2024 MBLS 1, para 5


Latest leave to appeal decisions

Woman stands holding a suitcase with a Canadian border crossing in the background. She looks dejected as if she's been turned around.

The Supreme Court granted four leave to appeal applications over the past two weeks. You’ll be disappointed if you’re hoping the Court will hear more private law cases — but the appeals do cover an interesting mix of administrative and criminal law. And one raises an interesting question about the Court itself.

If someone’s visa expires while immigration authorities are thinking about removing them from the country, do they lose their right to appeal the removal decision?

Canada let Dorinela Pepa come to the country on a permanent resident visa. But she got married before she arrived. And she didn’t mention her marriage until she stepped off the plane in Canada. The immigration authorities treated Ms. Pepa’s late disclosure as a misrepresentation, which eventually led to an order removing her from the country. Between her arrival in Canada and the Immigration and Refugee Board’s final decision, Ms. Pepa’s visa expired.

People who “hold a permanent resident visa” can appeal their removal order to the Immigration Appeal Division. But the Appeal Division said Ms. Pepa lost her right to appeal when her visa expired. The Federal Court of Appeal said that was a reasonable conclusion.

Dustin Kinamore was charged with sexual assault. Before the alleged assault, the complainant texted Kinamore saying she didn’t want to have sex with him. Are her text messages evidence of her past sexual history?

The Court of Appeal said no:

[The texts were used] as evidence that [the complainant] had no intention of engaging in a sexual relationship with Mr. Kinamore and that Mr. Kinamore could have had no understanding or expectation to the contrary. [S]uch statements are not caught by [the rules that apply to prior sexual history].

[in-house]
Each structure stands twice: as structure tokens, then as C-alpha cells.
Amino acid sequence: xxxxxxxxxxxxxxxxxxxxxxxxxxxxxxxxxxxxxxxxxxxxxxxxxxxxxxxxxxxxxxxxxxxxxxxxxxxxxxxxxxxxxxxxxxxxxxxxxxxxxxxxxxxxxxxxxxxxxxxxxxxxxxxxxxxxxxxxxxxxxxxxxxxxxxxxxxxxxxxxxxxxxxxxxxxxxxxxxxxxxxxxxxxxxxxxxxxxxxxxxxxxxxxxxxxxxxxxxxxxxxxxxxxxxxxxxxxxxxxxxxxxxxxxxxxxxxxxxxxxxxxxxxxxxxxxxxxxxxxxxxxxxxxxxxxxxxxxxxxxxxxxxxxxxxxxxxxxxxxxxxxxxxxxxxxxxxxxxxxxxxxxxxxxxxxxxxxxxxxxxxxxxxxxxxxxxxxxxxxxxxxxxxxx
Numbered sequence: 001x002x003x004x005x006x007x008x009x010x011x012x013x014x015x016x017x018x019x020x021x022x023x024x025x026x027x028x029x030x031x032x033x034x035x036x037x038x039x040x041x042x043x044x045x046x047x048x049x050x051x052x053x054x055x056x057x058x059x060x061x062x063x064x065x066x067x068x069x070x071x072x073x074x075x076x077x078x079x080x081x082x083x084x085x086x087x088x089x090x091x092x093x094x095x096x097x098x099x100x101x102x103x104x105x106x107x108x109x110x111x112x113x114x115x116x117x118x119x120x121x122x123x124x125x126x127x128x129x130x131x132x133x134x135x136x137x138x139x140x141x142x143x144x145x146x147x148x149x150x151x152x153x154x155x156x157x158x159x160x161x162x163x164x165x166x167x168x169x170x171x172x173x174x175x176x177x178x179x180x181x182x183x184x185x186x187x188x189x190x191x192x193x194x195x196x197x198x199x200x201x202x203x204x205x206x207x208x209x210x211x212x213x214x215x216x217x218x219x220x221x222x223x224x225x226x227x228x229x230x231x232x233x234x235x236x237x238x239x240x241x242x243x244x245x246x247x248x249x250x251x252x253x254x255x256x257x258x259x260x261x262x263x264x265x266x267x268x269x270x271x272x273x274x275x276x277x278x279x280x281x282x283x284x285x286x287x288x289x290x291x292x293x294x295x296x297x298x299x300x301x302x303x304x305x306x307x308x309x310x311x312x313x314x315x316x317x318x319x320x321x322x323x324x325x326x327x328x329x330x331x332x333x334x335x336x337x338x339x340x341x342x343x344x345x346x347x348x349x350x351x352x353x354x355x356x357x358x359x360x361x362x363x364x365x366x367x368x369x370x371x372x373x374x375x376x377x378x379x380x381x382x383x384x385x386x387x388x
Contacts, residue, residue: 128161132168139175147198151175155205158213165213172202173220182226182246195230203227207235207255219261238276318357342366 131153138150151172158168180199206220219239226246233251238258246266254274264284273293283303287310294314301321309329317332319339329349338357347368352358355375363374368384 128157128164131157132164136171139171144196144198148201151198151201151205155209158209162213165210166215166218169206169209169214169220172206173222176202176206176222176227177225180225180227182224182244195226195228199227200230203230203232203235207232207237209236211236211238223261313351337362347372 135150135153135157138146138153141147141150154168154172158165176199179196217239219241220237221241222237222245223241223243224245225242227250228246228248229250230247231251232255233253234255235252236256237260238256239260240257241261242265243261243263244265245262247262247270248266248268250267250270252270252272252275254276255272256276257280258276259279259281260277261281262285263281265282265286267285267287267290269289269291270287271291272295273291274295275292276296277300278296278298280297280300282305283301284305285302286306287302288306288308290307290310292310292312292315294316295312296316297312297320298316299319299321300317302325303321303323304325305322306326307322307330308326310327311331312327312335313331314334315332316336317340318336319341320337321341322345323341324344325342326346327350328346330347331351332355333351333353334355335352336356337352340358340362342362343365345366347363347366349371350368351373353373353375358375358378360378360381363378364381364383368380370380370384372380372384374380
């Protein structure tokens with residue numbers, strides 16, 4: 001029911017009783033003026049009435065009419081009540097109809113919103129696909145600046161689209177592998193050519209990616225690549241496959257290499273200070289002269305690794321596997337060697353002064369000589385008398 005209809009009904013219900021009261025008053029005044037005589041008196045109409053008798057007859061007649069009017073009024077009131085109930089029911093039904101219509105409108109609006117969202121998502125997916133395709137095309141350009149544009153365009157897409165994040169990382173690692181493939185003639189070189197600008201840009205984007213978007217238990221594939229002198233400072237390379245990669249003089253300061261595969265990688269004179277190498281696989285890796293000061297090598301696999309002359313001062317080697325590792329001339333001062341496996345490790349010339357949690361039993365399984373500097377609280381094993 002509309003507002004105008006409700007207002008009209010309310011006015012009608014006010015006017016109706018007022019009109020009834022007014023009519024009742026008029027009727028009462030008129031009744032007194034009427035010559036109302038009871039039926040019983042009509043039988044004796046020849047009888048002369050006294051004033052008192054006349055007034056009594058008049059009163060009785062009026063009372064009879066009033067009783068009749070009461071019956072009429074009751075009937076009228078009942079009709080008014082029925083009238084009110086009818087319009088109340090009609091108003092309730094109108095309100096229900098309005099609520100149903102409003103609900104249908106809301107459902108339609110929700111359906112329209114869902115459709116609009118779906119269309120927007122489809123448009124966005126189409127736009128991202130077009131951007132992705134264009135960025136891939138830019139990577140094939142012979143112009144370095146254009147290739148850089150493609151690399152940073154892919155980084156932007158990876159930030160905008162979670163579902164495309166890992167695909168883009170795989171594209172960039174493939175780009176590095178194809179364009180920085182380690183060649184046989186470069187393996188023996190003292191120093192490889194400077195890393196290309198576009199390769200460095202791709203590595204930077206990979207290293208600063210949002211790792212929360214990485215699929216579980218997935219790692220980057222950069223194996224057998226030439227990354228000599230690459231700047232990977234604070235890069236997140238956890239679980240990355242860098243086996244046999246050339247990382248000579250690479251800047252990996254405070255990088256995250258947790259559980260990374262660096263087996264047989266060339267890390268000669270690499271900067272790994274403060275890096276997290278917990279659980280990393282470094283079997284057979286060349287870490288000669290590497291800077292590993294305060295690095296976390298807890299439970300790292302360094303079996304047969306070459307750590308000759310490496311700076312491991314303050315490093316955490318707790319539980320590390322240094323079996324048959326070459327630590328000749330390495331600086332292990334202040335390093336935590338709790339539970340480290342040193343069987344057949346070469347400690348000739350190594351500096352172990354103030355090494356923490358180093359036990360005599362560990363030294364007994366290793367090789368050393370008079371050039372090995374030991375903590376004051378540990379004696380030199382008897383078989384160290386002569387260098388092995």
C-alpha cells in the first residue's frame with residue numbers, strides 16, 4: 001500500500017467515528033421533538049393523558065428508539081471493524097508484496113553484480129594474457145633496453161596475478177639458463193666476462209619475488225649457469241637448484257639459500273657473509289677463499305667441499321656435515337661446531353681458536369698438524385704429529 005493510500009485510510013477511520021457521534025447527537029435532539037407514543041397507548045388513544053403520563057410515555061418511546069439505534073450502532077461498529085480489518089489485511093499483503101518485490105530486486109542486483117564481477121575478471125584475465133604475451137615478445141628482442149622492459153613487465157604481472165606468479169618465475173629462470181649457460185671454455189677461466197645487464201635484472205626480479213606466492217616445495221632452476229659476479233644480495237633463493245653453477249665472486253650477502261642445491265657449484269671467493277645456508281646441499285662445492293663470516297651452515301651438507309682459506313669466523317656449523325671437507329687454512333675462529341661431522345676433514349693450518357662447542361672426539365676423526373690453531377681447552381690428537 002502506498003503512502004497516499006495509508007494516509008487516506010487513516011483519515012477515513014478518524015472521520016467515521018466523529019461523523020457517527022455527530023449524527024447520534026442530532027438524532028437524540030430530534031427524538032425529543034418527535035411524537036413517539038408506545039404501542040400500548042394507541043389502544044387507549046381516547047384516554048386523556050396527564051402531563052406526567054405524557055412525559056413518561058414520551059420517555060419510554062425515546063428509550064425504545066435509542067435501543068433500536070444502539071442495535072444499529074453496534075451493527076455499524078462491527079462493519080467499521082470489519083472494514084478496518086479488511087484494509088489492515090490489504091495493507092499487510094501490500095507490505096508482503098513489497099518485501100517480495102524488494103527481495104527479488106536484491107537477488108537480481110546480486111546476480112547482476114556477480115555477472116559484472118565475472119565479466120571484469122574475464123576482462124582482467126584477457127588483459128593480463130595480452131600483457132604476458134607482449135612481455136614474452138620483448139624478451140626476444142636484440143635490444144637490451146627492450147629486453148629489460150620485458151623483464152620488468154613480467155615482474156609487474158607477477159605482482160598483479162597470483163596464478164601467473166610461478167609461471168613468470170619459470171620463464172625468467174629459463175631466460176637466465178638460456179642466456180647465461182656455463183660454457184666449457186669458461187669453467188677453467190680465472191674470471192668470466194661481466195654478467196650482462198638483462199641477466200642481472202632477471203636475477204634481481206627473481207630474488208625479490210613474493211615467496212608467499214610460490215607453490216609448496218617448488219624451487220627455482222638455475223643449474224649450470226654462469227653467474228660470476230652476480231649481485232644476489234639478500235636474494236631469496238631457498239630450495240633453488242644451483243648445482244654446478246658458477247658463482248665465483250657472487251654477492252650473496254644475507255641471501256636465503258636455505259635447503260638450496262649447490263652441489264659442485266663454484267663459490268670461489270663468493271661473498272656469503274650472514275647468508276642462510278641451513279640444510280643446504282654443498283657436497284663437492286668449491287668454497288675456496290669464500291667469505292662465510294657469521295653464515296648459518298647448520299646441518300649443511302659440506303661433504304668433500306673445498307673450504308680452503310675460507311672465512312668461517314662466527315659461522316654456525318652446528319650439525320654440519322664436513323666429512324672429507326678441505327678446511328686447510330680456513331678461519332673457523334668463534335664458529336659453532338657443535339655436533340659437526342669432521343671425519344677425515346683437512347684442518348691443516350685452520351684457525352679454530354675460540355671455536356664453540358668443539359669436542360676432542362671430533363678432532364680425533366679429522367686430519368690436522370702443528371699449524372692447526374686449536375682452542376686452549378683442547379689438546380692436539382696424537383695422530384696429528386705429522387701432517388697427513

Oddly, the Supreme Court already seems to have decided this issue in 2020 (albeit from the bench). The Court has already faced criticism for deciding too many cases from the bench — it probably won’t help if the Court signals those decisions are up for reconsideration.

An offender with cognitive disabilities needs longer to complete their rehabilitative programming. Can the court increase the length of their sentence to make sure they finish the programming? The Court of Appeal said there’s nothing wrong with that:

It is entirely appropriate for a sentencing judge to consider an offender’s dangerousness, or the length of time it might take them to complete programming, as relevant factors in their assessment of an appropriate sentence within the applicable range. In fact, the Criminal Code expressly requires that sentencing judges turn their minds to the protection of the public and to rehabilitating offenders in determining a fit sentence.

2023 ONCA 552, para 15

The Controlled Drug and Substances Act protects anyone who sticks around at the scene of a drug overdose. If police show up and find drugs, they can’t charge good samaritans at the scene with drug possession. But it’s not clear whether police can still place those good samaritans under arrest.

Here’s the relevant legislative provision:

No person who seeks emergency medical or law enforcement assistance because that person, or another person, is suffering from a medical emergency is to be charged or convicted of [simple possession] if the evidence in support of that offence was obtained or discovered as a result of that person having sought assistance or having remained at the scene.

CDSA, s. 4.1(2)

The distinction between charging someone and arresting them makes a big difference for Mr. Wilson. He had drugs with him at the scene of an overdose. And even though police couldn’t charge Mr. Wilson for possession, they still arrested him for it. The arrest led to a search. And the search uncovered guns. Police never charged Mr. Wilson for possession, but they sure charged him for the guns.


In response to Wednesday’s story about the UR Pride v. Saskatchewan litigation:

A reader selected "Justice served" in the Hearsay poll and wrote: "I agree that calling a judge an "activist" has become a slur. However, the judge's comment that he was just resolving "a legitimate dispute between two parties" suggests he has already decided that hte claim was legitimate rather than frivolous and vexatious."
Dylan Gibbs

That’s all for today.

You can also find me on LinkedIn and X/Twitter @DylanJGibbs.